Tributes pour in for Havering’s ‘larger than life’ Rise Park activist Terry Hurlstone
PUBLISHED: 17:00 19 March 2020
Rise Park’s dedicated activist Terry Hurlstone has died at the age of 80.
Terry, of Garry Way, died at Queen’s Hospital in Rom Valley Way from an infection on Monday, March 16.
He was a dedicated member of The Friends of the Earth and a committed conservationist.
His daughter, Rachel Mamoni said: “Having fallen ill over the last seven years to cancer, he gave it a good fight.
“He will be sadly missed as he had a larger than life character and old fashioned eccentricity about him.
“Romford will certainly be a lot quieter without Terry’s famous yodelling in the Liberty Centre (to embarrass his friends and loved ones.)”
The father-of-two was also known for chaining himself to historical buildings to save them from destruction.
Rachel said Terry is the reason The Archers pub still stands in Main Road, Gidea Park.
Terry is survived by his sister Daphne and his brother Mike, also his two children Rachel and Hugo, and a handful of grandchildren whom he loved dearly.
Rachel said: “Terry was a teacher, a father and a friend to many in his community.
“Collecting things of interest was one of Terry’s main hobbies, he loved antiques, stamps, Morecroft Pottery and interesting people.
“He was also partial to Toby Jugs and has still quite the grand collection to this day that will now be cherished by those that loved him.
“Many thanks to all those who cared for Terry Hurlstone in his last years, including the wonderful doctors and nurses at Queen’s Hospital.”
Hugo told the Recorder he was a “lovely, friendly guy”.
He said: “The great man has lost his final campaign and ended up living for a greater gallery to cheer and yodel until the end of his days.
“To me, he was just my dad - a lovely, friendly guy. He was very well known for his heckling.”
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Raised in Hendon, north-west London, Terry studied at the Brentwood College of Education in Sawyers Hall Lane before becoming an art teacher at Quarles Secondary School for Boys in Tring Gardens, Harold Hill, in 1971.
As a young activist he worked closely with future Labour minister Peter Hain, who was then a member of the Liberal Youth.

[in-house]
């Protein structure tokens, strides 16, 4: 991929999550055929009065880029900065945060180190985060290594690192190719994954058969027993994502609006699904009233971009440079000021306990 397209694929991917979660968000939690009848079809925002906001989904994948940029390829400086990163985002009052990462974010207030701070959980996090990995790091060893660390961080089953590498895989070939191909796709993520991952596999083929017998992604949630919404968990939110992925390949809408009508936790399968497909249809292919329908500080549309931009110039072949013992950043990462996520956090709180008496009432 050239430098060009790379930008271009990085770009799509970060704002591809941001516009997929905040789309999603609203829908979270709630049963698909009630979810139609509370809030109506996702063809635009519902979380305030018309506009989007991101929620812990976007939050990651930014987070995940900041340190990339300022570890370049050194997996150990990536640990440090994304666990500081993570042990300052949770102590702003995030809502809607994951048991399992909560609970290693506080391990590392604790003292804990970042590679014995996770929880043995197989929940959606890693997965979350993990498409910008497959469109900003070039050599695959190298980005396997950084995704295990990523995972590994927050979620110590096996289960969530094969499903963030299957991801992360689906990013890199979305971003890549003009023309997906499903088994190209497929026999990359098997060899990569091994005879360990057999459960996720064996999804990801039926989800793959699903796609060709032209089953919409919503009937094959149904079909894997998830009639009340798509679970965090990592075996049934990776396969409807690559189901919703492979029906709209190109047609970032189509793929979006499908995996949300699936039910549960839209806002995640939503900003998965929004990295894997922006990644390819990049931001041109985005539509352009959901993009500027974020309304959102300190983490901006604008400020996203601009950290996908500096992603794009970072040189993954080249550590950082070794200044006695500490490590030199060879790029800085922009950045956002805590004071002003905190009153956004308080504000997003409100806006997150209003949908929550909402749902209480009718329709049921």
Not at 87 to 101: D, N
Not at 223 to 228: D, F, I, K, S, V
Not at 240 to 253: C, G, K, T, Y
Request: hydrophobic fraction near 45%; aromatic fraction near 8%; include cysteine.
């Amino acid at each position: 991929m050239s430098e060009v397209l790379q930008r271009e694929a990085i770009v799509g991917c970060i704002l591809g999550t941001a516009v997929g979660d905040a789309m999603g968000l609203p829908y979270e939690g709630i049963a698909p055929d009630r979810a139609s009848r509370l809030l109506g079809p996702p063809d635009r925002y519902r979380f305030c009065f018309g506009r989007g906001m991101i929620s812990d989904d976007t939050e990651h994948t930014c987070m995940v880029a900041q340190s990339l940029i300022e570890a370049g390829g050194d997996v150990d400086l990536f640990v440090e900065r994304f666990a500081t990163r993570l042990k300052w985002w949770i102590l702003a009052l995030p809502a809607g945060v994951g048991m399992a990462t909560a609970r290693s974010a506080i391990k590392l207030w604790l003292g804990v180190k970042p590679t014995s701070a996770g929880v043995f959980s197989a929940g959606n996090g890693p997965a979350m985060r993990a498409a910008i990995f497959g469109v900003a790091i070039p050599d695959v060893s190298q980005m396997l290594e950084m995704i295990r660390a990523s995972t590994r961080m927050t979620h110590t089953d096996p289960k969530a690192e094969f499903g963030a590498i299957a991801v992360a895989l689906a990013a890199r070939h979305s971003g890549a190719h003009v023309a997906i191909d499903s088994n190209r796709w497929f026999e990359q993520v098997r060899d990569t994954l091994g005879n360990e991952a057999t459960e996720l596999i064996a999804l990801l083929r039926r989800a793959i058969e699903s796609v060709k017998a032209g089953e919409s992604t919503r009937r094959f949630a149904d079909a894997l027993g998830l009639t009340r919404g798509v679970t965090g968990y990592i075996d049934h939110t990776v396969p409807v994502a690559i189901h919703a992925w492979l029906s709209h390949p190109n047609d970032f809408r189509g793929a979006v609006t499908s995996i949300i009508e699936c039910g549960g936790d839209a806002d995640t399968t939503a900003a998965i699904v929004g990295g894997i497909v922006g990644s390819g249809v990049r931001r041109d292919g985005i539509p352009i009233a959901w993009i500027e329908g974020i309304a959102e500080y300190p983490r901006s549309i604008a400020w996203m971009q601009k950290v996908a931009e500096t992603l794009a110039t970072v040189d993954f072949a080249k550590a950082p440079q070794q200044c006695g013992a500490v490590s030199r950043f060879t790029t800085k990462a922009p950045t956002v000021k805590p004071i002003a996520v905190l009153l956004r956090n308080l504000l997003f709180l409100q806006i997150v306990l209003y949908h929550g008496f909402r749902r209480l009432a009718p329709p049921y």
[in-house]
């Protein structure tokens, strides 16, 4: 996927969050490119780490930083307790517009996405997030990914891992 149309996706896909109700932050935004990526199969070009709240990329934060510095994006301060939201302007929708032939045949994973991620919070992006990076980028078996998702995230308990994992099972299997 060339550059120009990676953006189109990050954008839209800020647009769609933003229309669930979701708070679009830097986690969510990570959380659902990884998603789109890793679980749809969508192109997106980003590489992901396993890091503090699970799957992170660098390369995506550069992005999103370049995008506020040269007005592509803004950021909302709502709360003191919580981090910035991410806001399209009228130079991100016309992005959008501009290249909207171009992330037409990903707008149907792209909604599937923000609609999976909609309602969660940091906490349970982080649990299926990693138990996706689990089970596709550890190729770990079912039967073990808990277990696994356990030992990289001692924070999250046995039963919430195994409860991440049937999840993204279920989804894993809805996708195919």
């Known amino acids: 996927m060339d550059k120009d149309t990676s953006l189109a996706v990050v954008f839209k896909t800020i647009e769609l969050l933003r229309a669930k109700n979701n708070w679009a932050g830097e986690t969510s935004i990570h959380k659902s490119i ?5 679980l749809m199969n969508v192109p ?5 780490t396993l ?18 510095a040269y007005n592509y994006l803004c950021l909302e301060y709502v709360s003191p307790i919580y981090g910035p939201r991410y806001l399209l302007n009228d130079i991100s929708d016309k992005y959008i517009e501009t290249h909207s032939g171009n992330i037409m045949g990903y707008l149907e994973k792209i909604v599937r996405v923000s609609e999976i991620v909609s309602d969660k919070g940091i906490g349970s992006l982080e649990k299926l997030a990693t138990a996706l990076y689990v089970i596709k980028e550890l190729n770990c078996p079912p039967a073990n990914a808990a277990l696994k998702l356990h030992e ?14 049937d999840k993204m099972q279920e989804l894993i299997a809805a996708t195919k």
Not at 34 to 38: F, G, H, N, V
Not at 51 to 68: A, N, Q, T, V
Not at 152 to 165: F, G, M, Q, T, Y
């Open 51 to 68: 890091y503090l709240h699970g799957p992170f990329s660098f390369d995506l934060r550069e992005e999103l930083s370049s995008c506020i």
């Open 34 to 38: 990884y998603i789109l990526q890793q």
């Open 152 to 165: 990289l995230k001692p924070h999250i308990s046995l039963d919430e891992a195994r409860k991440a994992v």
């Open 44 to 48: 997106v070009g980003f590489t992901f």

David Ainsworth from Harold Hill, said: “One remembers him being arrested and carried out by police at the M25 Public Enquiry at Langtons in the 1970s.
“In 1974 he was ejected from the Town Hall public gallery for an outburst when he objected to Havering Council electing Aldermen.
“He’s remembered for stealing the limelight at MyPlace when that building was used for a session of BBC1 Question Time.
“To make a point he shouted from his seat in the audience and would not be quiet as chairman David Dimbleby battled to retain order.
“When Terry finally finished his speech, Dimbleby said, ‘You sir certainly don’t need a microphone’.”
In 2014 Terry spoke at a major protest meeting London in support of pedestrianising Oxford Street.
“Despite his age and ill-health at the time, Terry was hauled up by his arms to deliver his speech from the top of a flat-backed truck,” said David.
“Terry stood many times at council elections and in council by-elections, without ever being elected.
“But that never dented his love for local Havering politics.
“Terry know how to work the media - and politics was never dull when Terry was in the thick of it - as he became one of Havering’s best-known political figures.”
Councillor Denis O’Flynn stood alongside Terry for Parliament in 1974, he as a Labour candidate and Terry as a Liberal.
He said: “We frequently clashed and I stole a march on him with one of his ideas to celebrate Valentine’s Day.
“We have also been neighbours for many years.
“Terry was indeed a campaigner involving himself in many issues and he got a great kick out of baiting authority, particularly the present administration.
“My condolences to his family.”